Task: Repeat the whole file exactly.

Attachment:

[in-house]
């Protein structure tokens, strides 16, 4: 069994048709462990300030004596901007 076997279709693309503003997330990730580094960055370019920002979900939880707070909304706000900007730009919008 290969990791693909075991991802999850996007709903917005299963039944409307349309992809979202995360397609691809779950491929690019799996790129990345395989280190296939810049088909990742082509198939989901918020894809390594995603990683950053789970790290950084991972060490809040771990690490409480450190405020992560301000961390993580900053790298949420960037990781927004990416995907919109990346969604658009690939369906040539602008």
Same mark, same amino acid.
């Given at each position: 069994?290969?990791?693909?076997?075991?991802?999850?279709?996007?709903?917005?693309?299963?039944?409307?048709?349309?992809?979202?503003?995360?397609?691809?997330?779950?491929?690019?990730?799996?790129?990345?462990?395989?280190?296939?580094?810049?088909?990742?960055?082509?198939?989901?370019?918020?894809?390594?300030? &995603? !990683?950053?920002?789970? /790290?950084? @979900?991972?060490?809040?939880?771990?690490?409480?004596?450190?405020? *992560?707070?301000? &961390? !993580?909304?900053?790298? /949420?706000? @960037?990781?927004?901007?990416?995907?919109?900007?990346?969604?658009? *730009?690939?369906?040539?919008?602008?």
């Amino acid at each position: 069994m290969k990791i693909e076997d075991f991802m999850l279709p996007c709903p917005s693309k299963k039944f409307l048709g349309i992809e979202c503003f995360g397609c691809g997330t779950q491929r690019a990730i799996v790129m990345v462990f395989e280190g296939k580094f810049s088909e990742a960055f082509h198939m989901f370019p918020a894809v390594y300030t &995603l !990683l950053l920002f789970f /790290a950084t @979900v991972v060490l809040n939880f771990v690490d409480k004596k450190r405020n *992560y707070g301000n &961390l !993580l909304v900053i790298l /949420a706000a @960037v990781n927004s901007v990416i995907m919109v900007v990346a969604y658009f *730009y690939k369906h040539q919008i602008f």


[in-house]
């Protein structure tokens, strides 16, 4: 069994048709462990300030004596901007 076997279709693309503003997330990730580094960055370019920002979900939880707070909304706000900007730009919008 290969990791693909075991991802999850996007709903917005299963039944409307349309992809979202995360397609691809779950491929690019799996790129990345395989280190296939810049088909990742082509198939989901918020894809390594995603990683950053789970790290950084991972060490809040771990690490409480450190405020992560301000961390993580900053790298949420960037990781927004990416995907919109990346969604658009690939369906040539602008």
Same mark, same amino acid.
């Given at each position: 069994?290969?990791?693909?076997?075991?991802?999850?279709?996007?709903?917005?693309?299963?039944?409307?048709?349309?992809?979202?503003?995360?397609?691809?997330?779950?491929?690019?990730?799996?790129?990345?462990?395989?280190?296939?580094?810049?088909?990742?960055?082509?198939?989901?370019?918020?894809?390594?300030? &995603? !990683?950053?920002?789970? /790290?950084? @979900?991972?060490?809040?939880?771990?690490?409480?004596?450190?405020? *992560?707070?301000? &961390? !993580?909304?900053?790298? /949420?706000? @960037?990781?927004?901007?990416?995907?919109?900007?990346?969604?658009? *730009?690939?369906?040539?919008?602008?």
């Amino acid at each position: 069994m290969k990791i693909e076997d075991f991802m999850l279709p996007c709903p917005s693309k299963k039944f409307l048709g349309i992809e979202c503003f995360g397609c691809g997330t779950q491929r690019a990730i799996v790129m990345v462990f395989e280190g296939k580094f810049s088909e990742a960055f082509h198939m989901f370019p918020a894809v390594y300030t &995603l !990683l950053l920002f789970f /790290a950084t @979900v991972v060490l809040n939880f771990v690490d409480k004596k450190r405020n *992560y707070g301000n &961390l !993580l909304v900053i790298l /949420a706000a @960037v990781n927004s901007v990416i995907m919109v900007v990346a969604y658009f *730009y690939k369906h040539q919008i602008f």